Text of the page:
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Best American Whiskeys | Wine Enthusiast

Best American Whiskeys | Wine Enthusiast

American whiskey has exploded across the country over the years, but between Rye whiskey, Tennessee whiskey and more, it can get confusing where to even begin. So, whether you’re a connoisseur tossing whiskey terms like “cask strength” and “single malt” around after dinner, or you’re new to the American whiskey game and want to pick out a nice bottle for a housewarming, our Tasting Department hand-picked the best American whiskey bottles you should try.

“Making Whiskey is in theory a very simple proposition,” writes Clay Risen in American Whiskey, Bourbon & Rye. One simply combines milled grain and water and allows for the introduction of yeast, which converts the grain’s sugars into alcohol. Distill that substance and voila! You have whiskey, at least in theory. But that’s not the whole story.

Although there is no internationally accepted definition for it, whiskey is generally defined as a “cereal-grain-based, non-neutral spirit which is usually aged in wood,” writes Dave Broom and David Wondrich in The Oxford Companion to Spirits & Cocktails. In short, whiskey is a spirit made with water, yeast and a grain like corn, wheat, rye, or barley. It is typically fermented at less than 95 percent alcohol, or 190 proof by volume, according to the Alcohol and Tobacco Tax and Trade Bureau (TTB).

But whiskey is, in fact, a broad category that refers to an entire branch of the distilled spirit family tree. There is single-malt, bourbon, rye, corn, Tennessee, Scotch, Irish and Canadian whiskey. Only some of those are produced in the United States. “The complexities come in what sets them apart,” Clay continues.

What Is American Whiskey?

Broadly speaking, American whiskey is whiskey produced in America. Not exactly surprising! American offerings represent a significant piece of the whiskey puzzle. But what’s the difference between bourbon and rye whiskey? What discerns Tennessee whiskey from Kentucky whiskey? Read on for all the details.

The Types of American Whiskey

The different subcategories of American whiskey are where things start to get interesting. For a deeper dive, check out our Brief Guide to Everything Whiskey, but here are the main types to know.

Bourbon whiskey. Bourbon whiskey contains 51 percent corn and is aged in charred new oak barrels. It can’t exceed 160 proof, or 80 percent alcohol. If the bourbon is distilled in the state of Kentucky, it is often referred to as Kentucky bourbon.

Corn whiskey. This type of whiskey can only be made in the U.S., is produced with at least 80 percent corn and is stored in oak containers without any treatment from charred wood, according to TTB.

Rye whiskey. Known for its strength and spice, American rye whiskey is made with at least 51 percent rye grain and plays well in mixed drinks, like an Old Fashioned.

Rye malt whiskey. This type of whiskey is made with no less than 51 percent malted rye grain, stored in charred new oak containers and does not exceed 160 proof.

Malt whiskey. Malt whiskey is made with at least 51 percent malted barley that is distilled, mashed and aged in the U.S. It is distilled to a maximum of 160 proof and is then matured in oak casks. The term “single malt,” implies it’s made in a single distillery.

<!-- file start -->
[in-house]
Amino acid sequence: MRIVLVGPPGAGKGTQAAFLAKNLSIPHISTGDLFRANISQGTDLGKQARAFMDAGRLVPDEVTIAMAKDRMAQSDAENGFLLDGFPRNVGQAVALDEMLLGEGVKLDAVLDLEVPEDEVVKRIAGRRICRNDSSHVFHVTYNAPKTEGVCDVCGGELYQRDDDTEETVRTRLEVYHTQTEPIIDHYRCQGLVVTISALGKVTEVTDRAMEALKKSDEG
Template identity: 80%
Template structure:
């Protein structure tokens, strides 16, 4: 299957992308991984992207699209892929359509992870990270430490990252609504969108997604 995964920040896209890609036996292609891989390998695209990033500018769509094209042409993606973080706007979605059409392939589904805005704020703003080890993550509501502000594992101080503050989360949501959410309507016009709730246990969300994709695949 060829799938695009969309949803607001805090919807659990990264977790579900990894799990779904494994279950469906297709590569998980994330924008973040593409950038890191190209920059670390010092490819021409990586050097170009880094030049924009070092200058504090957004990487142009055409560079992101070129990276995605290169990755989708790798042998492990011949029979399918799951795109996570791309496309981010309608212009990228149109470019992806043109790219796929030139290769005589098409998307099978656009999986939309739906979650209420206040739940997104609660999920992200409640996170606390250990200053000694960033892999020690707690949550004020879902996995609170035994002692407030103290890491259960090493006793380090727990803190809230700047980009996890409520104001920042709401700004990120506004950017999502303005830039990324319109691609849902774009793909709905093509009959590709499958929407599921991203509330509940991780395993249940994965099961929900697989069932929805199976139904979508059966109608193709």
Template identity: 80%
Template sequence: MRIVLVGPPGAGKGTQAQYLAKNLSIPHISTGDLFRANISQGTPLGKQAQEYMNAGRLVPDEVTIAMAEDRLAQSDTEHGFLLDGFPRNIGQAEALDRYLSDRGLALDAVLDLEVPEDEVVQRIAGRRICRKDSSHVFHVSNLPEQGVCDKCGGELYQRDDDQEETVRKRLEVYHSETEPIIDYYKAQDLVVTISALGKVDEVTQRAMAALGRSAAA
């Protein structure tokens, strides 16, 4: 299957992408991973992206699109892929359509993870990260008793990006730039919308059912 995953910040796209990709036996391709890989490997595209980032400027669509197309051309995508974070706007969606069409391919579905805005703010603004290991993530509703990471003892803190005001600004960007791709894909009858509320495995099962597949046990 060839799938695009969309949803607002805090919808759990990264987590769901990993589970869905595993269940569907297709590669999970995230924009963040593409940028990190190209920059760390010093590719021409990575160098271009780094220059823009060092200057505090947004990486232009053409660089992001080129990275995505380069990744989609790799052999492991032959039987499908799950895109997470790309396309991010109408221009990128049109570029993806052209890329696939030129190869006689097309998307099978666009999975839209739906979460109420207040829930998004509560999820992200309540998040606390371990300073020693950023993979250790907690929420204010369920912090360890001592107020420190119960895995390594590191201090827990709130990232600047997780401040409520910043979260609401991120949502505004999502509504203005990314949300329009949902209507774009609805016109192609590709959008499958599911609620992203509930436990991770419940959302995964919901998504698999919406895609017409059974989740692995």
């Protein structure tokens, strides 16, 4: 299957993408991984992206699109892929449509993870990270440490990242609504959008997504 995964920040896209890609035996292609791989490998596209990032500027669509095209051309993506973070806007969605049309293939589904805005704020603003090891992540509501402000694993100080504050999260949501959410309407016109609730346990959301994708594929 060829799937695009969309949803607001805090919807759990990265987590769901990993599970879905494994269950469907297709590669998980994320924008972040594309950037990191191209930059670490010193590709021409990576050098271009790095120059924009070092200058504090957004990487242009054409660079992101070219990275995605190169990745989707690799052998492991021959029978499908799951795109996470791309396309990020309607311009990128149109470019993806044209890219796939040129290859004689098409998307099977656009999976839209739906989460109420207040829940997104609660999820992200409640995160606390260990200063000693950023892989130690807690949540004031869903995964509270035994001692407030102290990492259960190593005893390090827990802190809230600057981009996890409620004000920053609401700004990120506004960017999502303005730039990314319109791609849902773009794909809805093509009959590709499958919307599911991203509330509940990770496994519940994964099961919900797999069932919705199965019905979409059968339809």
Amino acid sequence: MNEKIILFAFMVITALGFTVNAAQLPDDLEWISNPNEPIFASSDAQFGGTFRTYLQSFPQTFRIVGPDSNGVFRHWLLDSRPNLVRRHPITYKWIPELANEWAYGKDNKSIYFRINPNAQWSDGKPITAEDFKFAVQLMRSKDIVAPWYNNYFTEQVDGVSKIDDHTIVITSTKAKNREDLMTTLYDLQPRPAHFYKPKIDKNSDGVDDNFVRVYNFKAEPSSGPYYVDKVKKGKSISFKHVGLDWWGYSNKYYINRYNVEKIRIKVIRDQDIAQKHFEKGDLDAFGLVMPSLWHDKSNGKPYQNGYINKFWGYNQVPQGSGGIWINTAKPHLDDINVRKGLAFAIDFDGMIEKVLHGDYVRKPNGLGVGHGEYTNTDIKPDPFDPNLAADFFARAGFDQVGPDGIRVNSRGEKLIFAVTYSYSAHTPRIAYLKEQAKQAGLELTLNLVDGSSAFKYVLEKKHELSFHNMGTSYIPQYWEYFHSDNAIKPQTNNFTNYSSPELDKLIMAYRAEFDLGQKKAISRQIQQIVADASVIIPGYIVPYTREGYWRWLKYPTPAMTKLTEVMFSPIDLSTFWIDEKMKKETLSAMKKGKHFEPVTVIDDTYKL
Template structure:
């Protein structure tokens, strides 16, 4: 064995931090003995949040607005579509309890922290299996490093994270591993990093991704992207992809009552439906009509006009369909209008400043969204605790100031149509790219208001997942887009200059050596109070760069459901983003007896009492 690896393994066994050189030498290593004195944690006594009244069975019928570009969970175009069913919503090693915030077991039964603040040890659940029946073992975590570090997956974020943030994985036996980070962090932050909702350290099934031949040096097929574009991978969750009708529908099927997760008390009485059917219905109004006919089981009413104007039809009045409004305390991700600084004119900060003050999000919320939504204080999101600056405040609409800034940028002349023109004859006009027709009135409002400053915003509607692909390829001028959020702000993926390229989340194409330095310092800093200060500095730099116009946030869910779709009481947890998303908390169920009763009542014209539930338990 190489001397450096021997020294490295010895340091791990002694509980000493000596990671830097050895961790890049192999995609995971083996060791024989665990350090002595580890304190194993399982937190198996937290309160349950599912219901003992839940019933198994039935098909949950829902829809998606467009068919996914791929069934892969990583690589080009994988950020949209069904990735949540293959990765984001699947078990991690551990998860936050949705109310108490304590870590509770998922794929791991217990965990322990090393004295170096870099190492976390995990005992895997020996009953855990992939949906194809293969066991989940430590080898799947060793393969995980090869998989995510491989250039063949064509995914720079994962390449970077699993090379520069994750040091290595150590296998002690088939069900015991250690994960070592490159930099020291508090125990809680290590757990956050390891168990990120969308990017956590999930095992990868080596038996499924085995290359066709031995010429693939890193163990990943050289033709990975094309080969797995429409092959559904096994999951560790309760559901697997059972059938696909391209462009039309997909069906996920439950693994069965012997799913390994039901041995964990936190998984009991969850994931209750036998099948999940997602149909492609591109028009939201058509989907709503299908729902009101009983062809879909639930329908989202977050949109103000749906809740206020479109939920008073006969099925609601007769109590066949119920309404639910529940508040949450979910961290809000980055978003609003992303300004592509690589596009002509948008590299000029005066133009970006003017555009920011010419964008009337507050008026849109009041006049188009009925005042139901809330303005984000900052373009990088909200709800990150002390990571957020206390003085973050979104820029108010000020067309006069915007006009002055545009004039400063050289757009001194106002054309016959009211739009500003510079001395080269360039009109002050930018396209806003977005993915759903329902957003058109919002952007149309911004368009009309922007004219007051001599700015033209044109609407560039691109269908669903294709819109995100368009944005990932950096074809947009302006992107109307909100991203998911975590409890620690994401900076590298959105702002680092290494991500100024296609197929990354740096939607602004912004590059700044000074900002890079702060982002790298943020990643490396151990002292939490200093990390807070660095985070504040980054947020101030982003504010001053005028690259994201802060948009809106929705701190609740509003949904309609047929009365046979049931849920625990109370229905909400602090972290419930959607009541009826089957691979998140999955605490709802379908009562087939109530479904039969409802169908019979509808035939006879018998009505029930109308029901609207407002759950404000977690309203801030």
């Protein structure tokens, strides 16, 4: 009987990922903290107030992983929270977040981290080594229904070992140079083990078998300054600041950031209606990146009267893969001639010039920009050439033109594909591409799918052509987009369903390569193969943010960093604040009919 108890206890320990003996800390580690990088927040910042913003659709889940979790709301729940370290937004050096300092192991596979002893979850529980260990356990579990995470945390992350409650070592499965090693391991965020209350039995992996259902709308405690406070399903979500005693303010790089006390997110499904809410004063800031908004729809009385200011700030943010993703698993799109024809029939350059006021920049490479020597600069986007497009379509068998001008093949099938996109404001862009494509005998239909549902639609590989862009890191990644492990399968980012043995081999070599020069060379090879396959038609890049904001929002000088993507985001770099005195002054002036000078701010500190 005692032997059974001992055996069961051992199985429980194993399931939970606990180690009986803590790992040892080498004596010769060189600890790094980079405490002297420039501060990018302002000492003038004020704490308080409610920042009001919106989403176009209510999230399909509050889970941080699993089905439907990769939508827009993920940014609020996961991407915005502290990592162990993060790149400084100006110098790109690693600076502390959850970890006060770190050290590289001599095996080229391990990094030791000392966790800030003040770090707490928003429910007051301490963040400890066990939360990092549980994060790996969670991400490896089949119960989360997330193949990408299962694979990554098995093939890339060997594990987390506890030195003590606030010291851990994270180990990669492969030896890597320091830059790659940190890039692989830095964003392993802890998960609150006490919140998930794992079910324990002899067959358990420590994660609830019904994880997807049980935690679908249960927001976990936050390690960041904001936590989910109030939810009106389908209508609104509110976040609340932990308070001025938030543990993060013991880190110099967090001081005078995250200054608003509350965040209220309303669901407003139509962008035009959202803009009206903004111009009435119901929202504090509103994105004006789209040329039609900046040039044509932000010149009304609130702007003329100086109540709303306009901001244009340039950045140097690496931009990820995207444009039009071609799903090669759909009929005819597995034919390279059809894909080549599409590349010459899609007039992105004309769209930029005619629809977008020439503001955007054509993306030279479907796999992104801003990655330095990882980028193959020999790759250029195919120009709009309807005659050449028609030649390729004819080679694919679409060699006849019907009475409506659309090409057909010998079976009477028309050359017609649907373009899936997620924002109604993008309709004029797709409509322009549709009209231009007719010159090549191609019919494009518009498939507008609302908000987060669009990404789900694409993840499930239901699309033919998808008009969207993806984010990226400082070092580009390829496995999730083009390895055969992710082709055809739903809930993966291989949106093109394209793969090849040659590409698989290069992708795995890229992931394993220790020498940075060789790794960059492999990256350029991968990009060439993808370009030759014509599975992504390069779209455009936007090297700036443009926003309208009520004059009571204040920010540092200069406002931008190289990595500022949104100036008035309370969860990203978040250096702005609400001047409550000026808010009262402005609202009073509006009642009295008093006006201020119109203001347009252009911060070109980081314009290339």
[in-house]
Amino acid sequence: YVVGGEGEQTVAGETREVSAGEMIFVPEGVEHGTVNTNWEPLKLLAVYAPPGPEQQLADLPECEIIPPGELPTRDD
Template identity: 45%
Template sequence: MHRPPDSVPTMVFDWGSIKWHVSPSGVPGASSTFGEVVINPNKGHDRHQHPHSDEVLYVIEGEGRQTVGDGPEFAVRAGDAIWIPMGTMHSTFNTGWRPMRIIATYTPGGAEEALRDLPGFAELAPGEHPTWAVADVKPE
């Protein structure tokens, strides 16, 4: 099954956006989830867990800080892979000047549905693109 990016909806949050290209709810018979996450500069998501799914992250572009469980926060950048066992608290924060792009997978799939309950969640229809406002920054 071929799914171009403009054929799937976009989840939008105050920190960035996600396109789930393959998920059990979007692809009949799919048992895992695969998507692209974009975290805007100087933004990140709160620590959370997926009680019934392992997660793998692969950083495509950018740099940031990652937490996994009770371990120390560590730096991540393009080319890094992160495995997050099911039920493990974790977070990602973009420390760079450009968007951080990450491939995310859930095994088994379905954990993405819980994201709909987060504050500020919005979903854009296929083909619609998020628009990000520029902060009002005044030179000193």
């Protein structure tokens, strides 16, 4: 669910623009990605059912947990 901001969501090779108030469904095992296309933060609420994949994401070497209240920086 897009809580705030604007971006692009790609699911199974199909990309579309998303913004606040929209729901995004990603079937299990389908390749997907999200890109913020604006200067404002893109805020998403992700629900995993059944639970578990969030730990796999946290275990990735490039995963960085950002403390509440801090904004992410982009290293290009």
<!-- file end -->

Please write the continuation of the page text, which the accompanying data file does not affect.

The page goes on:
Tennessee whiskey. Made with at least 51% corn before being aged in charred new oak barrels and filtered through sugar maple charcoal (known as the Lincoln County Process), Tennessee whiskey is similar to bourbon, but is made exclusively in—you guessed it—Tennessee. It tends to be a little mellower in flavor than bourbon, with light charcoal or soot-like qualities.

Wheat whiskey. Wheat whiskey does not exceed 160 proof and is fermented with at least 51 percent wheat and stored in charred new oak.

Grab your favorite whiskey glasses and give these stellar bottles a try.

The Best American Whiskeys to Buy

96 Points Wine Enthusiast

This is a blend of whiskeys distilled in Indiana, Tennessee and Canada, finished in barrels that previously held blackstrap rum, port and Dunn Vineyards cabernet. Predictably, this is a complex, flavorful whiskey, resounding with ginger, lemon peel, brown sugar, vanilla, cinnamon and clove. Bottled above 130 proof, plan to add lots of water and/or ice to bring to a palatable proof. Note: Gray Label uses older and more rare barrels compared to the standard Dovetail. Limited edition. —Kara Newman

Total Wine & More

98 Points Wine Enthusiast

The second edition in a line-up of experimental, small-batch Tennessee whiskeys from the producer of George Dickel, this release is aged around 17 years—apparently, curated around the first barrel filled after the distillery returned from shutdown in 2003. It’s a wow: toffee and crème brulee with hints of cocoa and hazelnut, winding into a long and warming finish. Sip with a cube of ice. Released in 2021, snap up this limited edition if you can. —K.N.

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95 Points Wine Enthusiast

Look for a light gold hue and bright, enticing pineapple, pear and vanilla aromas. The palate echoes those fruit tones, wrapped in a veil of peat smoke, finishing mouthwatering, lively and bright. This American single malt is finished in various sherry, brandy, rum and wine casks, “meticulously married and matured,” the producer says. —K.N.

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94 Points Wine Enthusiast

A distinctly smoky aroma emerges the moment this whiskey is poured. The palate shows baked apple and ripe pear, mingling with a smoky, saline flavor. Adding water pushes the smoke forward even further, now wafting over hints of salted caramel and vanilla wafer, finishing with ginger zing. Overall, complex and intriguing —K.N.